The team found that there was, in fact, excellent agreement between estimates of ice sheet mass balance determined using entirely different approaches.

Scientists assess the contribution of Earth’s polar ice sheets to global sea level rise by determining changes in their mass—their mass balance. Because of the vast size and inaccessibility of the ice sheets in Greenland and Antarctica, these mass balance assessments are best made with measurements collected from satellite platforms.

There are three main ways in which data from satellites are used to measure ice sheet mass balance: by directly measuring the changes in mass using gravimetry, by measuring the changes in volume using altimetry, and by measuring the changes in the mass inputs and outputs using satellite measurements of the ice flow speed and modeled estimates of the surface mass balance (the mass budget method).

The First Ice Sheet Mass Balance Intercomparison Exercise

In the first exercise, the IMBIE team designed and carried out intercomparison experiments using common time periods and common definitions of ice sheet extent to understand the differences in the mass balance measurements. By adopting this consistent approach, the team found that there was, in fact, excellent agreement between estimates of ice sheet mass balance determined using entirely different approaches.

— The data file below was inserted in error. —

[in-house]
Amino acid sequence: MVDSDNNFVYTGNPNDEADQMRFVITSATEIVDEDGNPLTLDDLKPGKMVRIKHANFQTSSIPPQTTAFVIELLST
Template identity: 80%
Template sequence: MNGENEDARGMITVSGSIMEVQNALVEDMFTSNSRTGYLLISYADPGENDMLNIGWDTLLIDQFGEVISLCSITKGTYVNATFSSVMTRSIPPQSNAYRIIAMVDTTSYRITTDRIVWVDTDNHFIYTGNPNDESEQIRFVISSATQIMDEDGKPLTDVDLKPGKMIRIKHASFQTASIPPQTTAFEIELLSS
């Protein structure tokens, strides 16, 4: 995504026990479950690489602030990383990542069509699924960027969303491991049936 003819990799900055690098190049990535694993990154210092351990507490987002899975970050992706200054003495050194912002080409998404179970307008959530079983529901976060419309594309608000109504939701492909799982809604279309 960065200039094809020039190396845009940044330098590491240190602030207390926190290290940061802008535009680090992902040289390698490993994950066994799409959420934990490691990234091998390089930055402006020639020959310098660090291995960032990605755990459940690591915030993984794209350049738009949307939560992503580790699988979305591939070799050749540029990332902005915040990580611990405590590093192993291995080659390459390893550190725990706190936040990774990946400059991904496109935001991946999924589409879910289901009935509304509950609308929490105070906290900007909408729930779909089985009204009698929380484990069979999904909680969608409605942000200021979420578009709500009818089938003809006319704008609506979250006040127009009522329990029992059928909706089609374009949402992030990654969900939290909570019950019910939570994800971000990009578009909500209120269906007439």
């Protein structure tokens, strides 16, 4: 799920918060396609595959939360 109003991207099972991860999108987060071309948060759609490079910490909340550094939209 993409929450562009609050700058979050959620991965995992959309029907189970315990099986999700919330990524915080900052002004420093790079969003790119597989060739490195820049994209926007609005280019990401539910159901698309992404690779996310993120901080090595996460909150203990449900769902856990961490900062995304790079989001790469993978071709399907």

This consensus paved the way for the production of a single reconciled estimate of ice sheet mass balance [Shepherd et al., 2012], which was a timely contribution to the Intergovernmental Panel on Climate Change [2013] assessment report. The IMBIE results showed that the Antarctic and Greenland Ice Sheets contributed 3.7 and 7.4 millimeters to global sea levels, respectively, between 1992 and 2011, and—alarmingly—the combined contribution rose from about 10% to 30% of the global sea level trend over the same period [Beckley et al., 2010].

Progress Since 2012

Ice sheet mass balance before and after IMBIE.
Fig. 1. Estimates of (top) Greenland and (bottom) Antarctic ice sheet mass balance published before (red) and after (blue) the first Ice sheet Mass Balance Inter-comparison Exercise (IMBIE) assessment (gray). There are more than 150 estimates of ice sheet mass balance, more than half of which have been published since 2012.

In the years since the first IMBIE assessment, the launch of new satellites, the development of new techniques and geophysical corrections, and the emergence of new teams have led to a growing body of mass balance assessments. In total there have been an additional 52 published mass balance estimates for Greenland and 34 for Antarctica, which point to continuing mass losses from both ice sheets since 2011 (Figure 1). (A full list of references for the estimates included in the figure may be found here.)